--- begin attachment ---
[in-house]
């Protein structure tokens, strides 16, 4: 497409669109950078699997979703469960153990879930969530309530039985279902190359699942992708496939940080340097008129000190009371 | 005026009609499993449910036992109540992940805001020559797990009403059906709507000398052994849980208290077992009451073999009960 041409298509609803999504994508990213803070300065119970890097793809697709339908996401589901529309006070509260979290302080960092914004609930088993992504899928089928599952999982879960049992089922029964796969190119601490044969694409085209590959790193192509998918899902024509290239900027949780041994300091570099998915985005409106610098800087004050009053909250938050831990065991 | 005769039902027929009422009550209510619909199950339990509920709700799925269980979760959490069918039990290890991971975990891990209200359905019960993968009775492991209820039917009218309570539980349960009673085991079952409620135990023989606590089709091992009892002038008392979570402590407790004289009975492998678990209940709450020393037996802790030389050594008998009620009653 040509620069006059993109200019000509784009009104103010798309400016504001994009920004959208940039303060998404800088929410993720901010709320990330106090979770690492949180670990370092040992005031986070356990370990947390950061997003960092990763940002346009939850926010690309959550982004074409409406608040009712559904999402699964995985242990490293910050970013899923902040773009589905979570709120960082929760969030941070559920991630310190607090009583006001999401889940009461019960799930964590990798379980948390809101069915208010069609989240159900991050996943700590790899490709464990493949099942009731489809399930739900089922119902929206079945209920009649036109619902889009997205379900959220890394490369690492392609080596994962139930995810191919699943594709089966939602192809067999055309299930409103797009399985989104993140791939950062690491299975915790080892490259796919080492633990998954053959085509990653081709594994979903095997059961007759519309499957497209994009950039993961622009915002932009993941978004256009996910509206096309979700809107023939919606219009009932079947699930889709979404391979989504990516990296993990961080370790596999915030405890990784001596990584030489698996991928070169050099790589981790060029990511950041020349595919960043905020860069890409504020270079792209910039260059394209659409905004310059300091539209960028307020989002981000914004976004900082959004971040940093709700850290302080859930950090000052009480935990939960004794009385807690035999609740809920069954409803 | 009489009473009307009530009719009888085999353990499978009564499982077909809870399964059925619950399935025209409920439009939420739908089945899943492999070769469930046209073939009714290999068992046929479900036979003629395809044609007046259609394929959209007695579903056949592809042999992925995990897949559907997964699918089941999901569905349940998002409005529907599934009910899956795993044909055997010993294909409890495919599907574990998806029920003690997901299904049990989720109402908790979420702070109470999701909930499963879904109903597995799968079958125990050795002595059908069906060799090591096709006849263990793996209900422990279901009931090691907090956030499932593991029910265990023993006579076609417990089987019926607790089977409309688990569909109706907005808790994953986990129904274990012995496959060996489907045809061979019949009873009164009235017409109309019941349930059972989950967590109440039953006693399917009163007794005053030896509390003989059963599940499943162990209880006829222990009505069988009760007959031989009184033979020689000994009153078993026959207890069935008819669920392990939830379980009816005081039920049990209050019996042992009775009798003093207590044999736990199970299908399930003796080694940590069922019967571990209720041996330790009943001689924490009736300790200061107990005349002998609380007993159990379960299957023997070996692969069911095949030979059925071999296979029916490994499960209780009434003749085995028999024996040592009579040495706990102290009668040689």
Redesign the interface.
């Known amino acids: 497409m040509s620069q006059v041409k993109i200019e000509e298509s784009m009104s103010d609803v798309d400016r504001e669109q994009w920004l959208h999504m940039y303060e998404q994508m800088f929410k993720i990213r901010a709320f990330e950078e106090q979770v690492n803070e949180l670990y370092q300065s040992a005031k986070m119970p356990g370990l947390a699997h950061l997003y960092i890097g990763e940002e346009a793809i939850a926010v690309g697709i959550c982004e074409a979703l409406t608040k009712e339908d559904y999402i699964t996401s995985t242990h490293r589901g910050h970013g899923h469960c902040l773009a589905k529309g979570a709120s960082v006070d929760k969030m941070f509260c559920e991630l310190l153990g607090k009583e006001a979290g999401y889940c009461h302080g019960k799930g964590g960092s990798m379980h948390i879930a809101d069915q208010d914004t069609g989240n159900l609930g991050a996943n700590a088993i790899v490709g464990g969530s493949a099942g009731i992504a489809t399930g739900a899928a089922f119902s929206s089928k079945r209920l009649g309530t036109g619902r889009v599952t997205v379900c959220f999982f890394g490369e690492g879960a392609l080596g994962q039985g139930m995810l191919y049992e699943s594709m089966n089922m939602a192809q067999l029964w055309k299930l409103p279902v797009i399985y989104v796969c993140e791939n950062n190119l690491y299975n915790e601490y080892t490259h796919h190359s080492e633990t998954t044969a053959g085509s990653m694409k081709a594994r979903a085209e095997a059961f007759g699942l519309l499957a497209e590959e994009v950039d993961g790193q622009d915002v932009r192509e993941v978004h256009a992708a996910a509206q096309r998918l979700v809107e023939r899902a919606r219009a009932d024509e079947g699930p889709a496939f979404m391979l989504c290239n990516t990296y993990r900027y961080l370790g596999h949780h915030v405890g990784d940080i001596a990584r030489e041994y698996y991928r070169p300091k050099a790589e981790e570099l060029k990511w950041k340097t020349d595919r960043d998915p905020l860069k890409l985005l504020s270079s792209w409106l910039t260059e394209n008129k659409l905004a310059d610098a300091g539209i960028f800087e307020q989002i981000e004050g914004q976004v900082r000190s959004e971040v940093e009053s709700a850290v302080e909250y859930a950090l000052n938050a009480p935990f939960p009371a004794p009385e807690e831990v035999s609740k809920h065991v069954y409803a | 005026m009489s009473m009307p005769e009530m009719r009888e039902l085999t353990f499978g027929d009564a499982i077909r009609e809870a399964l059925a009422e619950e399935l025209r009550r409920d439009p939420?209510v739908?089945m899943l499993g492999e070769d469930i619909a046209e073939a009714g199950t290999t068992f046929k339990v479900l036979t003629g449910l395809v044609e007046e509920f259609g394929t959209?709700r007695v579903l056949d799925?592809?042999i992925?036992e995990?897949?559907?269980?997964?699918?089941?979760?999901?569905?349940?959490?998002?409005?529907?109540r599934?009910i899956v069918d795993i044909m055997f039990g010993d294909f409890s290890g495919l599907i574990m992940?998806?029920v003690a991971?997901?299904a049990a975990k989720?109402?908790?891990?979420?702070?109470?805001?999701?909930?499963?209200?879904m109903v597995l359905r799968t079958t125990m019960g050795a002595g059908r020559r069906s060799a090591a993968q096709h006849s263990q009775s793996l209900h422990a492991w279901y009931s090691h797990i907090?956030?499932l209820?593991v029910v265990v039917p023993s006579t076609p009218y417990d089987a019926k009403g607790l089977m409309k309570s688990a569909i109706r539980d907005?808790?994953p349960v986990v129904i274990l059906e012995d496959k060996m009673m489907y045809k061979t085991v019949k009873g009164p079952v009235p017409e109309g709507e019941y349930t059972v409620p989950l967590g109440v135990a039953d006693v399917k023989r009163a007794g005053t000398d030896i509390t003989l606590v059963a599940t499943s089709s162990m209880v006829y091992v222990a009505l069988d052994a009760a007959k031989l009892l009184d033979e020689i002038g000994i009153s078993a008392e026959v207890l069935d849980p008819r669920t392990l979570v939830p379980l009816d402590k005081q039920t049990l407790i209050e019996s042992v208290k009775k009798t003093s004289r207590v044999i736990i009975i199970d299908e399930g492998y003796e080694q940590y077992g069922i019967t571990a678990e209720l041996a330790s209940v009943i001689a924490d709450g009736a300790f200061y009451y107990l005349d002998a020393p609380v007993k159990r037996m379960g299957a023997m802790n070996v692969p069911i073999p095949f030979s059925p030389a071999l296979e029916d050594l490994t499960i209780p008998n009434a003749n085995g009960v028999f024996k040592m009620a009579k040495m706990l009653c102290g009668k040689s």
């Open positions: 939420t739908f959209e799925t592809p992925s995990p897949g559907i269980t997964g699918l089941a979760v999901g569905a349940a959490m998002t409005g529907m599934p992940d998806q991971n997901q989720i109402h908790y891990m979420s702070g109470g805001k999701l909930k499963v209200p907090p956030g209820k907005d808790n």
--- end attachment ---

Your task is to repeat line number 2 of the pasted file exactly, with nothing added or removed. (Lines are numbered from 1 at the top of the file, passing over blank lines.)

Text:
């Protein structure tokens, strides 16, 4: 497409669109950078699997979703469960153990879930969530309530039985279902190359699942992708496939940080340097008129000190009371 | 005026009609499993449910036992109540992940805001020559797990009403059906709507000398052994849980208290077992009451073999009960 041409298509609803999504994508990213803070300065119970890097793809697709339908996401589901529309006070509260979290302080960092914004609930088993992504899928089928599952999982879960049992089922029964796969190119601490044969694409085209590959790193192509998918899902024509290239900027949780041994300091570099998915985005409106610098800087004050009053909250938050831990065991 | 005769039902027929009422009550209510619909199950339990509920709700799925269980979760959490069918039990290890991971975990891990209200359905019960993968009775492991209820039917009218309570539980349960009673085991079952409620135990023989606590089709091992009892002038008392979570402590407790004289009975492998678990209940709450020393037996802790030389050594008998009620009653 040509620069006059993109200019000509784009009104103010798309400016504001994009920004959208940039303060998404800088929410993720901010709320990330106090979770690492949180670990370092040992005031986070356990370990947390950061997003960092990763940002346009939850926010690309959550982004074409409406608040009712559904999402699964995985242990490293910050970013899923902040773009589905979570709120960082929760969030941070559920991630310190607090009583006001999401889940009461019960799930964590990798379980948390809101069915208010069609989240159900991050996943700590790899490709464990493949099942009731489809399930739900089922119902929206079945209920009649036109619902889009997205379900959220890394490369690492392609080596994962139930995810191919699943594709089966939602192809067999055309299930409103797009399985989104993140791939950062690491299975915790080892490259796919080492633990998954053959085509990653081709594994979903095997059961007759519309499957497209994009950039993961622009915002932009993941978004256009996910509206096309979700809107023939919606219009009932079947699930889709979404391979989504990516990296993990961080370790596999915030405890990784001596990584030489698996991928070169050099790589981790060029990511950041020349595919960043905020860069890409504020270079792209910039260059394209659409905004310059300091539209960028307020989002981000914004976004900082959004971040940093709700850290302080859930950090000052009480935990939960004794009385807690035999609740809920069954409803 | 009489009473009307009530009719009888085999353990499978009564499982077909809870399964059925619950399935025209409920439009939420739908089945899943492999070769469930046209073939009714290999068992046929479900036979003629395809044609007046259609394929959209007695579903056949592809042999992925995990897949559907997964699918089941999901569905349940998002409005529907599934009910899956795993044909055997010993294909409890495919599907574990998806029920003690997901299904049990989720109402908790979420702070109470999701909930499963879904109903597995799968079958125990050795002595059908069906060799090591096709006849263990793996209900422990279901009931090691907090956030499932593991029910265990023993006579076609417990089987019926607790089977409309688990569909109706907005808790994953986990129904274990012995496959060996489907045809061979019949009873009164009235017409109309019941349930059972989950967590109440039953006693399917009163007794005053030896509390003989059963599940499943162990209880006829222990009505069988009760007959031989009184033979020689000994009153078993026959207890069935008819669920392990939830379980009816005081039920049990209050019996042992009775009798003093207590044999736990199970299908399930003796080694940590069922019967571990209720041996330790009943001689924490009736300790200061107990005349002998609380007993159990379960299957023997070996692969069911095949030979059925071999296979029916490994499960209780009434003749085995028999024996040592009579040495706990102290009668040689």